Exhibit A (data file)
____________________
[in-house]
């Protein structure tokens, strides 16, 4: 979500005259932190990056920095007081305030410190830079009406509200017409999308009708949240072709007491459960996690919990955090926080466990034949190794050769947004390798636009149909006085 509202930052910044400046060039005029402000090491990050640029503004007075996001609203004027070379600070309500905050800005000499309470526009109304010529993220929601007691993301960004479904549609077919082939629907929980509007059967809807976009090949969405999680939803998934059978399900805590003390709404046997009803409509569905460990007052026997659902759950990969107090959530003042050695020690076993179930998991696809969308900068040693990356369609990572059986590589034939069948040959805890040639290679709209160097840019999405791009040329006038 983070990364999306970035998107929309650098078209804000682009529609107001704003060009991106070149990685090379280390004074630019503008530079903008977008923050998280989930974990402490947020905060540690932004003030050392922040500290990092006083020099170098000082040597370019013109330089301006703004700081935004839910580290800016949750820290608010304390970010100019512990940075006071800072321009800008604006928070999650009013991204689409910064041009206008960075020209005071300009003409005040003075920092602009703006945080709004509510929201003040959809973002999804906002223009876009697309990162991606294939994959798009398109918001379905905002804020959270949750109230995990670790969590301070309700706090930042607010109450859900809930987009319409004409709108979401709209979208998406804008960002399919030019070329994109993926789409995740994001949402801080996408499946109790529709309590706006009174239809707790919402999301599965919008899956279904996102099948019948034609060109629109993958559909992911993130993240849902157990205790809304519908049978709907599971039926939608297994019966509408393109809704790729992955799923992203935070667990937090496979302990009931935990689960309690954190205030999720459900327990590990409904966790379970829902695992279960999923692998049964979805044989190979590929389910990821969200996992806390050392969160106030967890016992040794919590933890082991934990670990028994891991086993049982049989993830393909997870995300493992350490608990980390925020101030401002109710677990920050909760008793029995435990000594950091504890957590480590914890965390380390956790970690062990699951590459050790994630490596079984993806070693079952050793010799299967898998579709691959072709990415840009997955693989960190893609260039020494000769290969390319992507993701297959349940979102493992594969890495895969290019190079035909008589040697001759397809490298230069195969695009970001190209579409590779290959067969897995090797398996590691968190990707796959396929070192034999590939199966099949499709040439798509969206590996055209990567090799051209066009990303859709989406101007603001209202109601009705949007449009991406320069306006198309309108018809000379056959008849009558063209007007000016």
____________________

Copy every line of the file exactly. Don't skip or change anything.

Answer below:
[in-house]
């Protein structure tokens, strides 16, 4: 979500005259932190990056920095007081305030410190830079009406509200017409999308009708949240072709007491459960996690919990955090926080466990034949190794050769947004390798636009149909006085 509202930052910044400046060039005029402000090491990050640029503004007075996001609203004027070379600070309500905050800005000499309470526009109304010529993220929601007691993301960004479904549609077919082939629907929980509007059967809807976009090949969405999680939803998934059978399900805590003390709404046997009803409509569905460990007052026997659902759950990969107090959530003042050695020690076993179930998991696809969308900068040693990356369609990572059986590589034939069948040959805890040639290679709209160097840019999405791009040329006038 983070990364999306970035998107929309650098078209804000682009529609107001704003060009991106070149990685090379280390004074630019503008530079903008977008923050998280989930974990402490947020905060540690932004003030050392922040500290990092006083020099170098000082040597370019013109330089301006703004700081935004839910580290800016949750820290608010304390970010100019512990940075006071800072321009800008604006928070999650009013991204689409910064041009206008960075020209005071300009003409005040003075920092602009703006945080709004509510929201003040959809973002999804906002223009876009697309990162991606294939994959798009398109918001379905905002804020959270949750109230995990670790969590301070309700706090930042607010109450859900809930987009319409004409709108979401709209979208998406804008960002399919030019070329994109993926789409995740994001949402801080996408499946109790529709309590706006009174239809707790919402999301599965919008899956279904996102099948019948034609060109629109993958559909992911993130993240849902157990205790809304519908049978709907599971039926939608297994019966509408393109809704790729992955799923992203935070667990937090496979302990009931935990689960309690954190205030999720459900327990590990409904966790379970829902695992279960999923692998049964979805044989190979590929389910990821969200996992806390050392969160106030967890016992040794919590933890082991934990670990028994891991086993049982049989993830393909997870995300493992350490608990980390925020101030401002109710677990920050909760008793029995435990000594950091504890957590480590914890965390380390956790970690062990699951590459050790994630490596079984993806070693079952050793010799299967898998579709691959072709990415840009997955693989960190893609260039020494000769290969390319992507993701297959349940979102493992594969890495895969290019190079035909008589040697001759397809490298230069195969695009970001190209579409590779290959067969897995090797398996590691968190990707796959396929070192034999590939199966099949499709040439798509969206590996055209990567090799051209066009990303859709989406101007603001209202109601009705949007449009991406320069306006198309309108018809000379056959008849009558063209007007000016």